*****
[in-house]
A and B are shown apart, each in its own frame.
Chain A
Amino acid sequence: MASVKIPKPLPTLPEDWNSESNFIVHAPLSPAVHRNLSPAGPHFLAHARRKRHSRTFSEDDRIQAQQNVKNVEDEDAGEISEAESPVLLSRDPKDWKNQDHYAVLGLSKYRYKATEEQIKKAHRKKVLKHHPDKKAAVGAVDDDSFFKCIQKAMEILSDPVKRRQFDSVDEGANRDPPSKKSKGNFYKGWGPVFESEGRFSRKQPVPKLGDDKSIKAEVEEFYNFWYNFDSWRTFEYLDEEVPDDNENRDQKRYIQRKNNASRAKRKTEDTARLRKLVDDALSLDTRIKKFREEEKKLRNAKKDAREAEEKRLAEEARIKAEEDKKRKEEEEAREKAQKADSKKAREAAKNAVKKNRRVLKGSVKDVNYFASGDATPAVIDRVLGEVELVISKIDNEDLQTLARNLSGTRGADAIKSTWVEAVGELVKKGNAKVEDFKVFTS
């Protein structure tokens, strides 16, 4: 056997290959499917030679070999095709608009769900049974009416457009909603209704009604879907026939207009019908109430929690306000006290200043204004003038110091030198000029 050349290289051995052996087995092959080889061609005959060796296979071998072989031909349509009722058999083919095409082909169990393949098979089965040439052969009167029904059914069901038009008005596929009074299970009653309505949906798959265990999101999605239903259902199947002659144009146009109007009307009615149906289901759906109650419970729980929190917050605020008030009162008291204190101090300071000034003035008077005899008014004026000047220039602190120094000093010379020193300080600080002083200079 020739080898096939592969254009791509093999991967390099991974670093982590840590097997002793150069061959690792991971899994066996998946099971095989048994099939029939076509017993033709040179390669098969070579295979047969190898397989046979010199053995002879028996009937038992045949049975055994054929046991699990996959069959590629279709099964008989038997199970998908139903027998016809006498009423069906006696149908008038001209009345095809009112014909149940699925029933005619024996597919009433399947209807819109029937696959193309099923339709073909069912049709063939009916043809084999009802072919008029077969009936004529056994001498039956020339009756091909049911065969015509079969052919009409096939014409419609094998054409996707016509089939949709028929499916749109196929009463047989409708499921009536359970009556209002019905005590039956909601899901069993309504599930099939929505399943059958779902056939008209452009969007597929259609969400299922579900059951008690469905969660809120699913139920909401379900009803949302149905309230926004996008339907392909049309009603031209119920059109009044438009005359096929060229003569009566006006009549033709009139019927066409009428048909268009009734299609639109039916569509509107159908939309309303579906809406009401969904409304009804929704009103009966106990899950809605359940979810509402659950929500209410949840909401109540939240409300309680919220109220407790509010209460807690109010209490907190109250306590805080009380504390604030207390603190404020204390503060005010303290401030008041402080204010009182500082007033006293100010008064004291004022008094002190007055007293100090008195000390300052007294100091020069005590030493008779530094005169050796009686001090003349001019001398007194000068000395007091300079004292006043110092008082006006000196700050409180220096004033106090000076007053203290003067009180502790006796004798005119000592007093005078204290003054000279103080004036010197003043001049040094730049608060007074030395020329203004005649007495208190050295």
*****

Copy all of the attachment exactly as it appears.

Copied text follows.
[in-house]
A and B are shown apart, each in its own frame.
Chain A
Amino acid sequence: MASVKIPKPLPTLPEDWNSESNFIVHAPLSPAVHRNLSPAGPHFLAHARRKRHSRTFSEDDRIQAQQNVKNVEDEDAGEISEAESPVLLSRDPKDWKNQDHYAVLGLSKYRYKATEEQIKKAHRKKVLKHHPDKKAAVGAVDDDSFFKCIQKAMEILSDPVKRRQFDSVDEGANRDPPSKKSKGNFYKGWGPVFESEGRFSRKQPVPKLGDDKSIKAEVEEFYNFWYNFDSWRTFEYLDEEVPDDNENRDQKRYIQRKNNASRAKRKTEDTARLRKLVDDALSLDTRIKKFREEEKKLRNAKKDAREAEEKRLAEEARIKAEEDKKRKEEEEAREKAQKADSKKAREAAKNAVKKNRRVLKGSVKDVNYFASGDATPAVIDRVLGEVELVISKIDNEDLQTLARNLSGTRGADAIKSTWVEAVGELVKKGNAKVEDFKVFTS
């Protein structure tokens, strides 16, 4: 056997290959499917030679070999095709608009769900049974009416457009909603209704009604879907026939207009019908109430929690306000006290200043204004003038110091030198000029 050349290289051995052996087995092959080889061609005959060796296979071998072989031909349509009722058999083919095409082909169990393949098979089965040439052969009167029904059914069901038009008005596929009074299970009653309505949906798959265990999101999605239903259902199947002659144009146009109007009307009615149906289901759906109650419970729980929190917050605020008030009162008291204190101090300071000034003035008077005899008014004026000047220039602190120094000093010379020193300080600080002083200079 020739080898096939592969254009791509093999991967390099991974670093982590840590097997002793150069061959690792991971899994066996998946099971095989048994099939029939076509017993033709040179390669098969070579295979047969190898397989046979010199053995002879028996009937038992045949049975055994054929046991699990996959069959590629279709099964008989038997199970998908139903027998016809006498009423069906006696149908008038001209009345095809009112014909149940699925029933005619024996597919009433399947209807819109029937696959193309099923339709073909069912049709063939009916043809084999009802072919008029077969009936004529056994001498039956020339009756091909049911065969015509079969052919009409096939014409419609094998054409996707016509089939949709028929499916749109196929009463047989409708499921009536359970009556209002019905005590039956909601899901069993309504599930099939929505399943059958779902056939008209452009969007597929259609969400299922579900059951008690469905969660809120699913139920909401379900009803949302149905309230926004996008339907392909049309009603031209119920059109009044438009005359096929060229003569009566006006009549033709009139019927066409009428048909268009009734299609639109039916569509509107159908939309309303579906809406009401969904409304009804929704009103009966106990899950809605359940979810509402659950929500209410949840909401109540939240409300309680919220109220407790509010209460807690109010209490907190109250306590805080009380504390604030207390603190404020204390503060005010303290401030008041402080204010009182500082007033006293100010008064004291004022008094002190007055007293100090008195000390300052007294100091020069005590030493008779530094005169050796009686001090003349001019001398007194000068000395007091300079004292006043110092008082006006000196700050409180220096004033106090000076007053203290003067009180502790006796004798005119000592007093005078204290003054000279103080004036010197003043001049040094730049608060007074030395020329203004005649007495208190050295």